NJ Roofing

    We also provide roofing services in Florida:FL Roofing

    NJ Roofing Company | Deegan Contracting

    Comparing Lifespans for 7 Common Roofing Materials - April 3, 2019 by admin

    Outside major remodeling projects such as renovating a kitchen or bathroom, new roofing is one of the most expensive home improvement "repairs" that a homeowner ever faces. As with most home improvement choices, there is a direct relationship between quality and expense, and in the case of roofing, "quality" usually translates as longevity. With a roof, it rarely makes sense to bargain-basement shop by choosing a roofing material based sheerly on price, when spending a little more may give you a roof that lasts for as long as you own the house. A cheap roof is no bargain if it needs to be replaced every 8 years.

    You may find some surprises as you consider the longevity factor of these seven common residential roofing materials.

    For the sake of comparison, we've offered average national costs based a 2,000 square foot house with a standard roof, installed by professionals. Be aware that different roof configurations and different materials can make these costs vary greatly Costs will vary even by region, based on the differences in labor costs. But this analysis will give you a sense of comparative lifespans of these seven different types of roofing, as well as their average costs and lifetime value.

    Asphalt roll roofing is made from large rolls of the same material used in asphalt shingles. Used for relatively flat pitches, such as angled shed roofs, roll roofing is installing by laying strips lengthwise across the roof in overlapping courses. Roll roofing is a fairly easy material to install, and many DIYers do this themselves. But it is better suited for sheds, garages, and perhaps porch roofs, and is not a very good solution for most home roofs.

    Average Lifespan

    Asphalt roll roofing can be expected to last from 5 to 10 years, at most. Getting maximum life from the roofing is really just a matter of keeping it clear of debris and quickly patching any punctures or damage that occurs.

    Installation Costs and Lifetime Value

    Asphalt roll roofing is normally installed on roofs with a relatively flat peak, so a 2,000 square foot house will have very close to 2,000 square feet of roof area. Average costs for installing this roof are about $2.25 per square foot, for a total average cost of roughly $4,500. But assuming that this roof will likely need to be replaced perhaps 12 times over 100 years, total costs over this period, in today's dollars, can be as high as $54,000 over 100 years.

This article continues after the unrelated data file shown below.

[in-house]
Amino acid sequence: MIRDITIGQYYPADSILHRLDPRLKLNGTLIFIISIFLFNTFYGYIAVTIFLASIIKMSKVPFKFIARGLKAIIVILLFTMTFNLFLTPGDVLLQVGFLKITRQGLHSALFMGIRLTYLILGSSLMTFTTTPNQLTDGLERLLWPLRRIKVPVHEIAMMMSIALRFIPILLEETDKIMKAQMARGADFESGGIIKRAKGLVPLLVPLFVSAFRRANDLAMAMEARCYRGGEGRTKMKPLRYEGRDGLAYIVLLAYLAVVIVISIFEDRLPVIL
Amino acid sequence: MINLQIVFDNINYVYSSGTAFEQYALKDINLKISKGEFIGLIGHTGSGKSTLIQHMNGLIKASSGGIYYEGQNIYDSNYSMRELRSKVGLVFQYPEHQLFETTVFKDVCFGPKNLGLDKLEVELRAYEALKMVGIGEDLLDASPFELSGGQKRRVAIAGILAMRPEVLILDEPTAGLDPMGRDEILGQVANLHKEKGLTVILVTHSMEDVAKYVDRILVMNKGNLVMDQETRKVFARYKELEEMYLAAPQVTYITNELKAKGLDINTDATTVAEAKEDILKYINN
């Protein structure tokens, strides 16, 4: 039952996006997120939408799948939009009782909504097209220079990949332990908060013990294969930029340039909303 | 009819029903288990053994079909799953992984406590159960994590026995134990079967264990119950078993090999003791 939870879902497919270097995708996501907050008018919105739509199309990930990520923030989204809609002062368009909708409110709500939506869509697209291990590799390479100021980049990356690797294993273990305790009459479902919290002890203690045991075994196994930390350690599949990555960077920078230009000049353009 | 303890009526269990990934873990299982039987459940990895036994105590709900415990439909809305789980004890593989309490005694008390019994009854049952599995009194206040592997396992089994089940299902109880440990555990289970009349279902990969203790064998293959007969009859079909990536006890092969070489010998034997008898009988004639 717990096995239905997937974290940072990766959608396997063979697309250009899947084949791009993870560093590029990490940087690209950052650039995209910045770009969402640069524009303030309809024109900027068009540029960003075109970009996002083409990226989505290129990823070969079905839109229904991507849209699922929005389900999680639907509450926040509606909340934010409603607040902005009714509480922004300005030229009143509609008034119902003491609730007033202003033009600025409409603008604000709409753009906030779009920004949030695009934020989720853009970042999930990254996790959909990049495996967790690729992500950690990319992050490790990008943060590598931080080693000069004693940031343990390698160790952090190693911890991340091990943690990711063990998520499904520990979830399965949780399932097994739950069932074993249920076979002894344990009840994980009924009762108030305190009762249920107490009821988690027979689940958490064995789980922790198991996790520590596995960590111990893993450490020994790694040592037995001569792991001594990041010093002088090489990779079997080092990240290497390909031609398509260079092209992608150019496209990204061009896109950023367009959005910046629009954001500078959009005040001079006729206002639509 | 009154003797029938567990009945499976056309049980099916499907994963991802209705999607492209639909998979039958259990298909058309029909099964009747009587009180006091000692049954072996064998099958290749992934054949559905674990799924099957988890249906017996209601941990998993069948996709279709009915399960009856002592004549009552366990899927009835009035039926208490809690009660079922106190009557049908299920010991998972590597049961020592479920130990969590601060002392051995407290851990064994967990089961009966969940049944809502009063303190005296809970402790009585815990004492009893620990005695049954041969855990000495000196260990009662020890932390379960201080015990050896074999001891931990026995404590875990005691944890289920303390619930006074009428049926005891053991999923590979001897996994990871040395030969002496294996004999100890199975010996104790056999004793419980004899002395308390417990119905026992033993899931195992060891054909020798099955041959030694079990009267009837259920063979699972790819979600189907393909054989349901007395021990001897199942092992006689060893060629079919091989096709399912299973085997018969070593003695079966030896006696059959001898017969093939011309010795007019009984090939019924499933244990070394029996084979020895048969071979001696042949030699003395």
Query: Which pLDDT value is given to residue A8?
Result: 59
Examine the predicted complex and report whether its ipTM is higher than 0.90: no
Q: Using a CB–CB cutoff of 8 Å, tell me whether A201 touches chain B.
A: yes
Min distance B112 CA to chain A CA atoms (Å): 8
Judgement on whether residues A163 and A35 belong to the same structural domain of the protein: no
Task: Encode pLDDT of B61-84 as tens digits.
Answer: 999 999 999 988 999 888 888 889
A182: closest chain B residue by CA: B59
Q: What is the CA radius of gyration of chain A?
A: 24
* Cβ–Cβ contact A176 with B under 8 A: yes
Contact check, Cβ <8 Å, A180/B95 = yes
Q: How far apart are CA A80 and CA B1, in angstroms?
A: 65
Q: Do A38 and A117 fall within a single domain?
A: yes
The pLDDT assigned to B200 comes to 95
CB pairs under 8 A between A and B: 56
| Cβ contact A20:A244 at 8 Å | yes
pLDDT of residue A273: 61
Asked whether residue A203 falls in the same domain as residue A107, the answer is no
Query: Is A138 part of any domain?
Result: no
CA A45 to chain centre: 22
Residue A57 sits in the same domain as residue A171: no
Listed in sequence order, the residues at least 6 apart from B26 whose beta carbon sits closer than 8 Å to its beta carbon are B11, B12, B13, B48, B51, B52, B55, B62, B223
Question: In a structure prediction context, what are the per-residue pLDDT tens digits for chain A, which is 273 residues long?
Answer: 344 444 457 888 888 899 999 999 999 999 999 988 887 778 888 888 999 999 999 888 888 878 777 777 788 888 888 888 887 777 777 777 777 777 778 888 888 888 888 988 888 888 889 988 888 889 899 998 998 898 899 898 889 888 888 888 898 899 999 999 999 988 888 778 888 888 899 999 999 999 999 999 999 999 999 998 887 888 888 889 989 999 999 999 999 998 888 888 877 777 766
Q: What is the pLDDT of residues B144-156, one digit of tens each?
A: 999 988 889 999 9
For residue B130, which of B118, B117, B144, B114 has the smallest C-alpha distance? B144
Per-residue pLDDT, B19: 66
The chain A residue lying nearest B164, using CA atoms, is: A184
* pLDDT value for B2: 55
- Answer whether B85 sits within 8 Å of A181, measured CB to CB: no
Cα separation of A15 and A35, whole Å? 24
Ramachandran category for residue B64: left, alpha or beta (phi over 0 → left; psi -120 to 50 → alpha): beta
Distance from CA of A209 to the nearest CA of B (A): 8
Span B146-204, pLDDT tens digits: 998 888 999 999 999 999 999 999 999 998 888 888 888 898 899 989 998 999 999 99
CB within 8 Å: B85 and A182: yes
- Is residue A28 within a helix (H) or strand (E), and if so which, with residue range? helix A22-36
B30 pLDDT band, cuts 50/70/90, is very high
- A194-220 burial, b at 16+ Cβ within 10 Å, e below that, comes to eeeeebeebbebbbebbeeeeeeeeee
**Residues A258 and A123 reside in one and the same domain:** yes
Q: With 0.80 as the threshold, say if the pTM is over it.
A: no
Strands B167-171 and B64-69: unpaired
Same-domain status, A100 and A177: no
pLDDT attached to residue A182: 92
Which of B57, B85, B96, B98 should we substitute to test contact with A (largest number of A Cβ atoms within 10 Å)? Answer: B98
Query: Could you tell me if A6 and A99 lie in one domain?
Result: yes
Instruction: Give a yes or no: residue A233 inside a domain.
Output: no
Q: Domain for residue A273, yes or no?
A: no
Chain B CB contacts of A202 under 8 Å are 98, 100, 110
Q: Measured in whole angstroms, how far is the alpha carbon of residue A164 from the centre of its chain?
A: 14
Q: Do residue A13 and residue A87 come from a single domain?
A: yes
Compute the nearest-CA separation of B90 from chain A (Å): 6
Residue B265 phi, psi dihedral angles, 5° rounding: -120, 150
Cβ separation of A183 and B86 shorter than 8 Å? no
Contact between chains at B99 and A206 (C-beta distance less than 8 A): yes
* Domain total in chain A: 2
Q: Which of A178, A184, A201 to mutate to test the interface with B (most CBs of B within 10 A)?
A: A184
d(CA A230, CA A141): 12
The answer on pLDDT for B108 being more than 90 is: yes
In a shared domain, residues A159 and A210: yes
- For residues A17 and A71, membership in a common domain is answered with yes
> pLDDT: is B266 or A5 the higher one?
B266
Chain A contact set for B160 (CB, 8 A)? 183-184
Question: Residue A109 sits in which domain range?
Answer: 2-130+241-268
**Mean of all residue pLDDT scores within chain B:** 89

A built-up roof (BUR) is a layered roof that is created by alternating layers of roofing felt and waterproof materials such as fiberglass, and hot tar (bitumen). Normally used on roofs that are flat or with a very slight pitch, BUR roofIt is fire-resistant and inexpensive, but the roofing is messy and smelly to install.

    Average Lifespan

    BUR roofs typically last from 20 to 30 years. Maximizing the lifespan of a built-up roof is accomplished by regular inspection and repair, and by keeping debris off the roof to prevent degradation of the surface.

    Installation Costs and Lifetime Value

    Built-up roofing average about $4 per square foot, installed. On a 2,000 square foot house with a roof very close to that square footage, average professional installation costs about $8,000. Assuming that this roof will need to be replaced about four times over a 100 year period, average roofing costs in today's dollars are about $32,000 over 100 years. However, this type of roof is not suitable for a home with any real slope to the roof.

    Composite shingle roofing is the most popular of all roofing materials, found on more than 80 percent of all homes. Composite shingles use either an organic or fiberglass base that is saturated with asphalt, coated on the bottom side with asphalt, and the exposed surface impregnated with small chips of slate, schist, quartz, or ceramic granules. The vast popularity of shingles owes to the relatively low cost, easy installation, and decent life expectancy. These roofs are normally installed by professional crews, but installation is not out of reach for a skilled DIYer.

    Average Lifespan

    Composite asphalt shingles can be expected to last 15 to 40 years, depending on the quality of the materials chosen. Some shingle roofs may even last as long as 50 years. Most shingle roofing manufactures offer a range of products in different weights and different life expectancies. Manufacturers like Owens Corning, GAF, or Certainteed come with accordingly high-end warranties pushing a half-century.

    Maximize the lifespan of asphalt shingle roofs by avoiding cheap shingles and avoiding walking on them. Keep them free of moss, and never power wash an asphalt shingle roof.

    Installation Costs and Lifetime Value